12k - Brokerage account. Low cost ETF
4k checking account.

Can you break down what funds you're contributing to? It would be a shame if you have money in VTSMX when you could have it in VTSAX or VIIIX

Quote
Liabilities:

Student Debt - 5k at 6% About $137 per month.

As others have said, squash this.

Quote
Monthly after tax take home = 6k

This seems a little low given your base salary. Is 40% of your take home pay really going to taxes?

Quote
Monthly spend = approximately 3k (including $1200 for my portion of mortgage).

I think some would say this is high for a mustachian but it's probably not unreasonable if you're travelling for weddings.

Quote
My additional $3k per month goes into the brokerage account, as I don't currently have access to a 401k at my employer.
If you can get one, set one up. Given your high income I would suggest maxing out pre-tax contributions. Then look into if you can make after-tax contributions after that. Those contributions can be rolled over into a Roth IRA and grow tax free.

Quote
I'll be putting the max $5500 in an IRA before the year is up.

I'm going to guess that your base salary is also too high to make Roth contributions directly. I would suggest looking at a backdoor Roth:
http://www.bogleheads.org/wiki/Backdoor_Roth_IRA

Quote
No Car. Bike to work everyday.
Cool

Quote
Have not had cable/internet for the past 8 months, but really need it for football season! Cost to me is $40 per month.

Getting internet is fine. Don't cut to the extreme if it makes you unhappy.

Quote
Think I might have messed up with the house purchase. With that, I'm trying to determine if the obvious answer is to sell it or keep it. To me, with the roommates, it appears it's about break even.  It costs about $1800 per month in my city to rent a one bedroom. My thought was to lock in the low rates, as I plan to live here for at least 4 more years.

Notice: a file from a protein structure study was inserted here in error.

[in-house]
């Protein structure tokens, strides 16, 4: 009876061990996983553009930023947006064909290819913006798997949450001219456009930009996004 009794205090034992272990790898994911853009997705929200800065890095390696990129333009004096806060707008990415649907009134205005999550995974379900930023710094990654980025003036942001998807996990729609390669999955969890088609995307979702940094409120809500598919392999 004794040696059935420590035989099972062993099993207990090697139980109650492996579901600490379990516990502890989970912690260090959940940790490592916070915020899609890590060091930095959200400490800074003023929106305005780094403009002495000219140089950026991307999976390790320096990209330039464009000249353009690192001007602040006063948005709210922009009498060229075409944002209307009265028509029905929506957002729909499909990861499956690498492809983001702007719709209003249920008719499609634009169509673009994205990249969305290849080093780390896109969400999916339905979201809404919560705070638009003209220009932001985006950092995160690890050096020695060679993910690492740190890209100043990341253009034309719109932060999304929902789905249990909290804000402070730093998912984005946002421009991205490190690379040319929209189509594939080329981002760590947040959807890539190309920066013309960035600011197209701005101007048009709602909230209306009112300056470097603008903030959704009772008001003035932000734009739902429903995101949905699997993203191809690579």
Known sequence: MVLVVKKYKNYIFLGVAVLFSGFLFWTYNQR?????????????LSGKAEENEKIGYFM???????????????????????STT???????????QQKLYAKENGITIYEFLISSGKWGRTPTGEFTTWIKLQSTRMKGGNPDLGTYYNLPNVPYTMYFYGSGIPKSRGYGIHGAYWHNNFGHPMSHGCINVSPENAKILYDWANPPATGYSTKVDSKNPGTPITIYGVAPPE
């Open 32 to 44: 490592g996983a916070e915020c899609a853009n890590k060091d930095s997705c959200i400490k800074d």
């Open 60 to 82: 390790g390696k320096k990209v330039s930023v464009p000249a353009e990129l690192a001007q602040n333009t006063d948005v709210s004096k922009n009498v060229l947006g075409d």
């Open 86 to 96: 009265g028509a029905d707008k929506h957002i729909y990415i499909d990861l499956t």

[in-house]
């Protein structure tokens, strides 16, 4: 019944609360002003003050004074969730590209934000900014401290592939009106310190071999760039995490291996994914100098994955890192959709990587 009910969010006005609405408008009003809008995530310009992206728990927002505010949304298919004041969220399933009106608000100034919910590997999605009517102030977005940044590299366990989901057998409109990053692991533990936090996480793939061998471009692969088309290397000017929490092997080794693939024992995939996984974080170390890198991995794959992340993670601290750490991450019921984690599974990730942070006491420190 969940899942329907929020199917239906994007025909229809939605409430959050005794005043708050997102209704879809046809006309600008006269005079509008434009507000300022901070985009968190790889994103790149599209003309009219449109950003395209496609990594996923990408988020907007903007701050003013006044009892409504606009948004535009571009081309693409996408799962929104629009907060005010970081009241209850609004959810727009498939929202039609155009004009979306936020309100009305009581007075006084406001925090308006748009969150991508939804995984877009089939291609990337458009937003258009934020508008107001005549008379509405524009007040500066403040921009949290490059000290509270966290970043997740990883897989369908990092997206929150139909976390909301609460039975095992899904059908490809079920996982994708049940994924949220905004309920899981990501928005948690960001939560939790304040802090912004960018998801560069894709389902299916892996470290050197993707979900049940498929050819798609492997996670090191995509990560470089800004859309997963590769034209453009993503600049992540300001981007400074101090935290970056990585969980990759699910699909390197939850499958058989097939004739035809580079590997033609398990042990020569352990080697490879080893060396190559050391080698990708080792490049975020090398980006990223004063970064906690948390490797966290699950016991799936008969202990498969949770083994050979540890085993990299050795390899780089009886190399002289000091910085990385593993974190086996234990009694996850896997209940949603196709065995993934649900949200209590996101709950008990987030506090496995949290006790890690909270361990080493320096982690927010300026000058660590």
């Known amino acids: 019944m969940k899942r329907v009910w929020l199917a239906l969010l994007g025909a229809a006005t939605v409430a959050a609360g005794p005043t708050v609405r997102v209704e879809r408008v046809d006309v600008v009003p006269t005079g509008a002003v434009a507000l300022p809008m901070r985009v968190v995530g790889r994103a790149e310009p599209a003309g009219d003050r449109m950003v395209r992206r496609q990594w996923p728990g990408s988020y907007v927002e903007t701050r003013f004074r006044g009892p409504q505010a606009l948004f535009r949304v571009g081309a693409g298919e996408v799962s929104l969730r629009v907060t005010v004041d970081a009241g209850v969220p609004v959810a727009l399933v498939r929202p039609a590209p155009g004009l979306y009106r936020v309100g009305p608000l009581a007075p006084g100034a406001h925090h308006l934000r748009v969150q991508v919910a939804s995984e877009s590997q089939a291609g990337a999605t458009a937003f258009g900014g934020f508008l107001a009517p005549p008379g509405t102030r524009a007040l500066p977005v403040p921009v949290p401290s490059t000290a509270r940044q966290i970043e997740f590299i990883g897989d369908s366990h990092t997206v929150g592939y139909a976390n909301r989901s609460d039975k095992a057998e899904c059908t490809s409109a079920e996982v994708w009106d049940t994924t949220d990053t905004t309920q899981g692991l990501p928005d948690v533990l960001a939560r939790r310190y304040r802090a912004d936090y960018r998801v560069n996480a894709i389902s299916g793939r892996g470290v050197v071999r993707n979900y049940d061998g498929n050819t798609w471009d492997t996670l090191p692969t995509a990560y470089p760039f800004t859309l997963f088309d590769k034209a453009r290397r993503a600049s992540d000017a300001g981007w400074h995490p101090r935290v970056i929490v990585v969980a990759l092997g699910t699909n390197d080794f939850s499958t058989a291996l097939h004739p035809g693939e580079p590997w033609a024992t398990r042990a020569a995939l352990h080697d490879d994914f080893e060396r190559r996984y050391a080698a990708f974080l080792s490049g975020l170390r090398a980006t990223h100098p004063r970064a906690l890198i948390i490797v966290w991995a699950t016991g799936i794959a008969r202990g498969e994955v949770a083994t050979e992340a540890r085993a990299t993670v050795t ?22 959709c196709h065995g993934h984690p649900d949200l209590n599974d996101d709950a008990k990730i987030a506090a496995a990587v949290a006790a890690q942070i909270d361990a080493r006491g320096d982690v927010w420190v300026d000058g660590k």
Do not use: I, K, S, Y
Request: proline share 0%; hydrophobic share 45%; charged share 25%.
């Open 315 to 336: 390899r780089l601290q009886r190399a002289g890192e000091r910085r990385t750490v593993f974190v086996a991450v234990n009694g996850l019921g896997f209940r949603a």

It sounds like for the short term you're saving money by buying. One benefit of having the house is it can act as an inflation hedge. Even if we get crazy inflation you've locked in that low interest payment.

If you decide to leave one day you have the option to rent the house out. When that time comes you can come back and ask for suggestions:

http://forum.mrmoneymustache.com/real-estate-and-landlording/how-to-real-estate-case-study-sell-or-rent/


Rob

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Re: Case Study: 27 Male What do I need to do?
« Reply #9 on: September 09, 2014, 10:17:55 PM »
My contribution to this thread is that you could get NFL Gamepass (even in the US) for $110 if the NFL is why you are paying for cable. Check reddit for instructions or message me if you are interested. If you are just trying to get espn stuff for college football, maybe you have a friend/relative that will give you their login info? That's what my roommates and I have going, and it doesn't cost the other party anything.

soccerluvof4

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Re: Case Study: 27 Male What do I need to do?
« Reply #10 on: September 10, 2014, 04:22:02 AM »
As others had said, take the money out of the Brokerage account and pay off your student loan.  I dont really have a problem with the rest.  If your going to stay in the area / the house for 4 more years then I would stay there too. Not knowing the details if single rents are 1800$ then your house sounds reasonable.  Raising rents or not your saving 50% so depending on if there friends or not and for ease of mind in trusting them a discount to the market to me with what else your doing is fine.

money_bunny

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Re: Case Study: 27 Male What do I need to do?
« Reply #11 on: September 10, 2014, 05:21:27 AM »
"Take the money out of the brokerage account"

How about just take 2 paychecks and pay it off. He makes more than the 5k balance a month?

Cheddar Stacker

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Re: Case Study: 27 Male What do I need to do?
« Reply #12 on: September 10, 2014, 05:59:53 AM »
Max 401k asap when its ready. Backdoor roth. Those have been mentioned so +1 there. What I haven't read too much discussion about in this thread is you fucked up with the house purchase. The payment is 50% of your net pay.

Its temporarily ok because its 50% subsidized by 2 friends. That's your saving grace so don't fuck it up. Don't even think about raising rents if it means you would lose one of them. Make sure you take care of these guys. Cook them a nice meal once a week. Do some other random nice things to show your appreciation.